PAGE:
I found one of Justin’s old lessons on scales where he advises saying “chord tone”, either in your head or out loud, each time you land on the root, 3rd and 5th notes. I actually say “root”, “third” or “fifth” in my head when I land on those notes. That has necessitated slowing down a bit. I think that’s a much more important thing to nail down than speed.

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Here’s Justin’s major scale pattern diagrams. I’ve highligted the CAGED chord shapes within the 5 patterns. Notice all the chord notes are either R, 3 or 5.

The only reason the C chord shape is in green on the bottom diagram is so it can be distinguished from the D chord shape, as they overlap.

Note that the numbers on the top row are finger numbers and on the bottom row are the note numbers. It’s easy to get confused by this!


Hi Adrian, and @john90
Maybe I wasn’t clear, but I don’t practice scales over backing tracks,(At least not consciously)…I use them as a warm-up and often just in between because I like them,…usually in 3rds or 4 in a row enzo,… licks against it I play in backing tracks, looper or Justin or You-tube,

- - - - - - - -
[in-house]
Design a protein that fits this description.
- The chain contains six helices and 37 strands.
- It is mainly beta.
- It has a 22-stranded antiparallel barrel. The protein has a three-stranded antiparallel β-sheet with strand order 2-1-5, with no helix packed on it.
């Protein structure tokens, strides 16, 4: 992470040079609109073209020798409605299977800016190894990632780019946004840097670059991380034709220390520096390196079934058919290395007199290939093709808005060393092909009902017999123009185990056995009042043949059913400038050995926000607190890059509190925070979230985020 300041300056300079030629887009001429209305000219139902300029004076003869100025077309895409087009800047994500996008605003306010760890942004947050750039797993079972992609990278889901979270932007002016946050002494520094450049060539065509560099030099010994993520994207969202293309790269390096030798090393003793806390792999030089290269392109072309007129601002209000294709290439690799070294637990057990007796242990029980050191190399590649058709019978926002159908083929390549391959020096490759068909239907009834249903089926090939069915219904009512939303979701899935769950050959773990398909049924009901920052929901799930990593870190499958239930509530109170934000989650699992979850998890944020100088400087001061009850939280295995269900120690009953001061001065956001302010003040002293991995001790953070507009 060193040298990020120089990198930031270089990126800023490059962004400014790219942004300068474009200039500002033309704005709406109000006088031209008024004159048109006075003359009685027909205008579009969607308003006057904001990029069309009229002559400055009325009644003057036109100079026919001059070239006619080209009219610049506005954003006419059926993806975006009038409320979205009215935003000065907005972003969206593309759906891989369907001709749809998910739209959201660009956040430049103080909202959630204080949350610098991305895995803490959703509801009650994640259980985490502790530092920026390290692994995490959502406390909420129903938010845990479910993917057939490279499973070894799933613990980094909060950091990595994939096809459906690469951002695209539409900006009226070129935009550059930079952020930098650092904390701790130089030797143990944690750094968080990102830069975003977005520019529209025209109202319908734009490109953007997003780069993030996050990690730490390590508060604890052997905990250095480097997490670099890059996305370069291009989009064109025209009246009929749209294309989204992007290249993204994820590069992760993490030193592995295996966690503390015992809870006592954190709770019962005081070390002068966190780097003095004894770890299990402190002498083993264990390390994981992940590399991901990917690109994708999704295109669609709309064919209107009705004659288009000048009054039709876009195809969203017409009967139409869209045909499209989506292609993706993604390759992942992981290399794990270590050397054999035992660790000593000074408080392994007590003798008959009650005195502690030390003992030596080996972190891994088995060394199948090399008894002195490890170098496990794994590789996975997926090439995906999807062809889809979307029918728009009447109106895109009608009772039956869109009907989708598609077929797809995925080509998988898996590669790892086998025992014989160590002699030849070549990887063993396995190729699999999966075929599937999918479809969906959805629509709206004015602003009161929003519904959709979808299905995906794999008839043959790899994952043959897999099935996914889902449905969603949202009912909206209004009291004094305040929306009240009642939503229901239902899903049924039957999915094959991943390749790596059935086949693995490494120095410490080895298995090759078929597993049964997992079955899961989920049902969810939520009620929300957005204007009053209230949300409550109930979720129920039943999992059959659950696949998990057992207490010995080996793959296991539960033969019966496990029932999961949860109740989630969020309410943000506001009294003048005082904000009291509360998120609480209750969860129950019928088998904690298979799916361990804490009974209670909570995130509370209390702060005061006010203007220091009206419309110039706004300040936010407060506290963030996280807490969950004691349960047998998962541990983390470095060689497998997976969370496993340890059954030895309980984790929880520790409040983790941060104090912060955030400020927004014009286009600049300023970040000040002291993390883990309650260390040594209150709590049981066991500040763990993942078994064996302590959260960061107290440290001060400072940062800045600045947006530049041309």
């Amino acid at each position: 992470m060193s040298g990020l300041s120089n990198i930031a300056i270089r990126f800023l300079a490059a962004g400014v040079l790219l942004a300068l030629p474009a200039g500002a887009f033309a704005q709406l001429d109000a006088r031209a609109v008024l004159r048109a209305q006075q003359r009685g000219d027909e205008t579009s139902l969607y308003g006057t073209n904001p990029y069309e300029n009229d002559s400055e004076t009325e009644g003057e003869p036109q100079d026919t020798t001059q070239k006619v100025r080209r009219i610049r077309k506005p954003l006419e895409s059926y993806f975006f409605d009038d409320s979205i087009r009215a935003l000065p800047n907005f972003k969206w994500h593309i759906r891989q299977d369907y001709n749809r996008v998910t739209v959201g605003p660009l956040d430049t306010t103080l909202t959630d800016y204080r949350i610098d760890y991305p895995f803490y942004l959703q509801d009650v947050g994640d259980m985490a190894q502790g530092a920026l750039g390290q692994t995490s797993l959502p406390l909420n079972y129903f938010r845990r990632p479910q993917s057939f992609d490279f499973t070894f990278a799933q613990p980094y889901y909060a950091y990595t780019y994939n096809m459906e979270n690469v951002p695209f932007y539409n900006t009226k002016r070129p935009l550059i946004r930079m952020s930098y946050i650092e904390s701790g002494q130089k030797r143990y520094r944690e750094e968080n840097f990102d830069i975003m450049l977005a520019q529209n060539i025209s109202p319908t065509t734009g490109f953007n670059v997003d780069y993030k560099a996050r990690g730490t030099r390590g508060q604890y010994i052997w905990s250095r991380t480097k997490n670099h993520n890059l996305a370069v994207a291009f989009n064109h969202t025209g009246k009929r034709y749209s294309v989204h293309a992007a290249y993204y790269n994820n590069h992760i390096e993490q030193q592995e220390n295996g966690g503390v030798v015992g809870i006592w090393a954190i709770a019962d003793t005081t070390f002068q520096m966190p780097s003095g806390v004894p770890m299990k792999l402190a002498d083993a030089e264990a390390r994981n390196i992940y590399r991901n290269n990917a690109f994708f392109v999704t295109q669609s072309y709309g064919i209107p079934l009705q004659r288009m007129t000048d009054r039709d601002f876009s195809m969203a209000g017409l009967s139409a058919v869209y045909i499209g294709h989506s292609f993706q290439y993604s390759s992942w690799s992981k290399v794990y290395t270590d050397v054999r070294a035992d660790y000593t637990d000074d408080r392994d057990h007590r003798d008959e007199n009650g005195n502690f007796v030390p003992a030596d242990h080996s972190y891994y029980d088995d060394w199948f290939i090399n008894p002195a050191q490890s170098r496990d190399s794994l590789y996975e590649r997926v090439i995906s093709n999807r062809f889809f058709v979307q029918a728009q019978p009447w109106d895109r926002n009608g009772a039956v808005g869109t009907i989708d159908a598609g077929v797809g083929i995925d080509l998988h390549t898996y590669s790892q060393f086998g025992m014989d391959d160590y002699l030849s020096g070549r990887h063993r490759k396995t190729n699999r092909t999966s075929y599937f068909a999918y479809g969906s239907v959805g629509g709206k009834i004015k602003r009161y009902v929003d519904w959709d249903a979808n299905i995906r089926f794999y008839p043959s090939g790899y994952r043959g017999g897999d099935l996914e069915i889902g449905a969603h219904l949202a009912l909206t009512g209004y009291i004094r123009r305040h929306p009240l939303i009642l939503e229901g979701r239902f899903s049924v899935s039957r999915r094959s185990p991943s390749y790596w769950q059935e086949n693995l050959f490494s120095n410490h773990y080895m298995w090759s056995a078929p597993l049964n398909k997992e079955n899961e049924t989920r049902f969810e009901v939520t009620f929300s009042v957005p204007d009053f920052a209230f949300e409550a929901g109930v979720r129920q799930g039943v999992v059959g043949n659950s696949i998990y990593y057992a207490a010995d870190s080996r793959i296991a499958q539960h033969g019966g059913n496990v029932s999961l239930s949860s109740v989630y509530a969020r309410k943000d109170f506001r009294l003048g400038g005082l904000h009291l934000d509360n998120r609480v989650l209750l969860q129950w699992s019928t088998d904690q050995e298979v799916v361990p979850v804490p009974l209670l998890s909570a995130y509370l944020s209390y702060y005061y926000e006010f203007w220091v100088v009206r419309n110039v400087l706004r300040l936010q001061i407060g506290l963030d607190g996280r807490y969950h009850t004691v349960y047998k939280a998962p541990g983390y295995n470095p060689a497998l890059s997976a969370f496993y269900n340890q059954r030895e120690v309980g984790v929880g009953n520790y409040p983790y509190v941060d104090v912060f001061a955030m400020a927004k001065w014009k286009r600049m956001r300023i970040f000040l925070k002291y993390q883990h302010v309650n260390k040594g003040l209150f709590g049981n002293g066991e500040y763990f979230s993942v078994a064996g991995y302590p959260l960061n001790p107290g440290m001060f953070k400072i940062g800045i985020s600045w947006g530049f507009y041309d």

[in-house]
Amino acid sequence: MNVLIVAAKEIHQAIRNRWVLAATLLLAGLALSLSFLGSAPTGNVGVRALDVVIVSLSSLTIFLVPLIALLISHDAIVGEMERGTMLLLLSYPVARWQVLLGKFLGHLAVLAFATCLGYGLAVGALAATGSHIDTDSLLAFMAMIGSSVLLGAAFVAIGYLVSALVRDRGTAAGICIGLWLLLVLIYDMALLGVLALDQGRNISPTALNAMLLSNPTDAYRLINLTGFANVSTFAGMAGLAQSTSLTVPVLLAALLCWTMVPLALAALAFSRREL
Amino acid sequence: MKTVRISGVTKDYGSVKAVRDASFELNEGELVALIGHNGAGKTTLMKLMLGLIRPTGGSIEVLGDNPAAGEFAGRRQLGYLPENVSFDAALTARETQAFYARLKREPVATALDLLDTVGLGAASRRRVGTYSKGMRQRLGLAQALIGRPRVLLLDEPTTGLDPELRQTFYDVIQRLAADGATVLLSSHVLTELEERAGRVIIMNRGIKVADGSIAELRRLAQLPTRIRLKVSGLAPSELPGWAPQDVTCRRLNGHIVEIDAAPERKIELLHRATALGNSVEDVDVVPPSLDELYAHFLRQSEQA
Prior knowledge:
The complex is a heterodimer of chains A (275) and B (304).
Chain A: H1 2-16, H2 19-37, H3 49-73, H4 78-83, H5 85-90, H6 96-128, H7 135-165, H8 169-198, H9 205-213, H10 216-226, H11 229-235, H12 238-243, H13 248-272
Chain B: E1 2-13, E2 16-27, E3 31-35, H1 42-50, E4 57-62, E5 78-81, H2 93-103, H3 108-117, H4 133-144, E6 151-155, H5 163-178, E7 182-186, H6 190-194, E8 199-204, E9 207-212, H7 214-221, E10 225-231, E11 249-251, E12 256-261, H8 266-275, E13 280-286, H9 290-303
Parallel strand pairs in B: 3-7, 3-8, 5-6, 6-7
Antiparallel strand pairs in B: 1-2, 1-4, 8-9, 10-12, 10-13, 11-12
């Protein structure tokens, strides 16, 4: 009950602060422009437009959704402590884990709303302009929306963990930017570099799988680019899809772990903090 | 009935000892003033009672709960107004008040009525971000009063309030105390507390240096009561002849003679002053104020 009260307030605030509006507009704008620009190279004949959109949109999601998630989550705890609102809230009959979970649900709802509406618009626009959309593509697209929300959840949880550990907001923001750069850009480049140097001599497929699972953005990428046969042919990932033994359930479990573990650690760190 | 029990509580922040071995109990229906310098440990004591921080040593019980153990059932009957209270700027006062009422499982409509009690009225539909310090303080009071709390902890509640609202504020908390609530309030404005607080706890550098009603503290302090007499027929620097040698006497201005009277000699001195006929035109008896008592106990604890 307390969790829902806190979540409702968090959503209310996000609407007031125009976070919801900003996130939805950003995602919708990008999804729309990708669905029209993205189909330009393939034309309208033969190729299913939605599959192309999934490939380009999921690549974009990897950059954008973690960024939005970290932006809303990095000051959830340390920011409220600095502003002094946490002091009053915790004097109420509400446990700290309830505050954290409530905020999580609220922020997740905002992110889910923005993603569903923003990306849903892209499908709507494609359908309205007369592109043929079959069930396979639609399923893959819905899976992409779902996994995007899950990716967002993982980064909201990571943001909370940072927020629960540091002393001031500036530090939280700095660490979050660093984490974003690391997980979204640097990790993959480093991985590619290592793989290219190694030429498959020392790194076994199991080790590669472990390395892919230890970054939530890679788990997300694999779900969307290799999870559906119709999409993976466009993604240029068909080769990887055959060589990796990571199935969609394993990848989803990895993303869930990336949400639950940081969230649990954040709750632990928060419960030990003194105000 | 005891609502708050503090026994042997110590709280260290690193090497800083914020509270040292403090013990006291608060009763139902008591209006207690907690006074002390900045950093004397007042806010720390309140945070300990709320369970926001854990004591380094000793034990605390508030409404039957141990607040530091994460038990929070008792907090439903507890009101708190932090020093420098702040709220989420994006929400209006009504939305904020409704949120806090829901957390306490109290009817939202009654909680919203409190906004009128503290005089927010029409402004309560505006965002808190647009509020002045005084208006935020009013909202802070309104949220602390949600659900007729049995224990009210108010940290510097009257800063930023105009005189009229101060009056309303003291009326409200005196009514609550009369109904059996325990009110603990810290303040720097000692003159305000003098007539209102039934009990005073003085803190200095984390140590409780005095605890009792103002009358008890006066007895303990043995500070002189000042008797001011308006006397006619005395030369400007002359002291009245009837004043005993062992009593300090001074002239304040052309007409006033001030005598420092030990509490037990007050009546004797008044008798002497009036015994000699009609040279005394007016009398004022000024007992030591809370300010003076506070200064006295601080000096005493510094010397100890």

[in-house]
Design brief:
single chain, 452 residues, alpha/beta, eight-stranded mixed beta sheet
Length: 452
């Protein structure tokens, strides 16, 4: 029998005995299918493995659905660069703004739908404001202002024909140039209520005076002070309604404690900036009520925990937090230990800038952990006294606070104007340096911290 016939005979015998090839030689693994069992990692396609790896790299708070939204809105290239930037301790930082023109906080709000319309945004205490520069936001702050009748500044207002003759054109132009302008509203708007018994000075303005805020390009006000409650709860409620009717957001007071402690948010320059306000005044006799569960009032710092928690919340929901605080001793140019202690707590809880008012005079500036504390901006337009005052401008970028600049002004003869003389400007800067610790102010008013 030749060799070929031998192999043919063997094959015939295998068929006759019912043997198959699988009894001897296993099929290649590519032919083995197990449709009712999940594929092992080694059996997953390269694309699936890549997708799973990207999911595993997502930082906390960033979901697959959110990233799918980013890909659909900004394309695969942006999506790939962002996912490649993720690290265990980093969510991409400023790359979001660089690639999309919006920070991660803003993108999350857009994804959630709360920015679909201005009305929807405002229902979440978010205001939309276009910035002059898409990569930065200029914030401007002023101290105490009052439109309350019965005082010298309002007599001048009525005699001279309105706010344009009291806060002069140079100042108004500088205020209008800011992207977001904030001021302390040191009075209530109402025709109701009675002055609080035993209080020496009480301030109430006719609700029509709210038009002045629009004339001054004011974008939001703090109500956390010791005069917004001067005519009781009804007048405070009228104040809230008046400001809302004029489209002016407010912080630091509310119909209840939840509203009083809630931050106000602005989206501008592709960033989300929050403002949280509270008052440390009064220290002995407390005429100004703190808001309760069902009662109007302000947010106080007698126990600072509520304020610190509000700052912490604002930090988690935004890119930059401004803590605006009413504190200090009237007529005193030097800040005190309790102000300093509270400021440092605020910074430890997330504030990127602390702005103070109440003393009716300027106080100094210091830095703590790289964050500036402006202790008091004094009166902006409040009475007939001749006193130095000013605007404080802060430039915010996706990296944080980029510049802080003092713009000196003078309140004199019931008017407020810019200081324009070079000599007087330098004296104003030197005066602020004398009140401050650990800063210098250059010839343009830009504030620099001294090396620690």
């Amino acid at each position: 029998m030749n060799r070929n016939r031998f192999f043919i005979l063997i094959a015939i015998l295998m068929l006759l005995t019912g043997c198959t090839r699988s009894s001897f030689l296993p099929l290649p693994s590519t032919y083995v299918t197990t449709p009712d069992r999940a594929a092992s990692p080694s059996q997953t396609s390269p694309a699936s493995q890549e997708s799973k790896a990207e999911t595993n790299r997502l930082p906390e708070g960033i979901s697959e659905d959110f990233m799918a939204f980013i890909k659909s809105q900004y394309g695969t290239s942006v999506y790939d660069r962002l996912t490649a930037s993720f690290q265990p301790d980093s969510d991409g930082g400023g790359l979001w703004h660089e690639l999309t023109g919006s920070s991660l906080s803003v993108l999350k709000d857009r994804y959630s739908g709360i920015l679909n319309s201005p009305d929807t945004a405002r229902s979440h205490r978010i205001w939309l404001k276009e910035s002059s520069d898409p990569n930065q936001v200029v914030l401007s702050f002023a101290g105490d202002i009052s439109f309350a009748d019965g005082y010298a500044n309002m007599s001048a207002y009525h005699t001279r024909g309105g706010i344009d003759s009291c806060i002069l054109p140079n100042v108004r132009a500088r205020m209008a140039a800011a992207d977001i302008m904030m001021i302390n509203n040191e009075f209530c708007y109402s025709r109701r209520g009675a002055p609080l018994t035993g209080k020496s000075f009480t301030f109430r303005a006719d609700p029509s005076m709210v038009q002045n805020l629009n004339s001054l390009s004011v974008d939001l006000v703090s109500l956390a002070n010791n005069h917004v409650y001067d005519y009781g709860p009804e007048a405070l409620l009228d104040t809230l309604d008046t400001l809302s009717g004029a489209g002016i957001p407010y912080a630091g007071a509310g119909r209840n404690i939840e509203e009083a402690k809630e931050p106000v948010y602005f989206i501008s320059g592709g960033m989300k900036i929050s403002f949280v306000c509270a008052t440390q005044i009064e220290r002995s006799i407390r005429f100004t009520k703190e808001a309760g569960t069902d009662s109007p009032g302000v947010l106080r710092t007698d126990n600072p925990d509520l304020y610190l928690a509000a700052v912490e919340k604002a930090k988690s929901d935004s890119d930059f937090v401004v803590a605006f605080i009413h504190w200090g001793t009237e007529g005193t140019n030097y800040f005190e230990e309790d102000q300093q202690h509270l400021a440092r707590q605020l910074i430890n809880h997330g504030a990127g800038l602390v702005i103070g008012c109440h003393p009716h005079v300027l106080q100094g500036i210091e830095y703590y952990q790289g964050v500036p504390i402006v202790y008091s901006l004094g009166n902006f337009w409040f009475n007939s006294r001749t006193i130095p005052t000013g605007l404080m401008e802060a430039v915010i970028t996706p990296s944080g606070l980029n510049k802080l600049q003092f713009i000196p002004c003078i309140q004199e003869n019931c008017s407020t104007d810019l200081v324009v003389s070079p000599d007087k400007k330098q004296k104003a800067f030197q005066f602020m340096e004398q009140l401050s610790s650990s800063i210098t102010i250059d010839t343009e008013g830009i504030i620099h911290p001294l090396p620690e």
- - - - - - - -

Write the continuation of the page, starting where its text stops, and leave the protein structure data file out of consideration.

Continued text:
And I also want to add that all 5 patterns do not make sense to practice if the first one is not perfectly applicable to you, then the next,…months later the next one etc…(Justin`s advice)…

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That’s really useful @jacksprat. Thanks.

Can someone please clarify something for me? When practicing scales, are we supposed to be only touching the string we are picking or do the fingers lay a little flat and touch lower strings as we go? The reason I ask is that my fingers and wrist go into an alien position while trying to only touch the intended string especially on thick strings and when using the pinky- I have to strain to ring clear notes and it causes the back of my wrist to be sore. In the lesson videos it looks quite effortless to work up and down the frets, but I must be doing something wrong.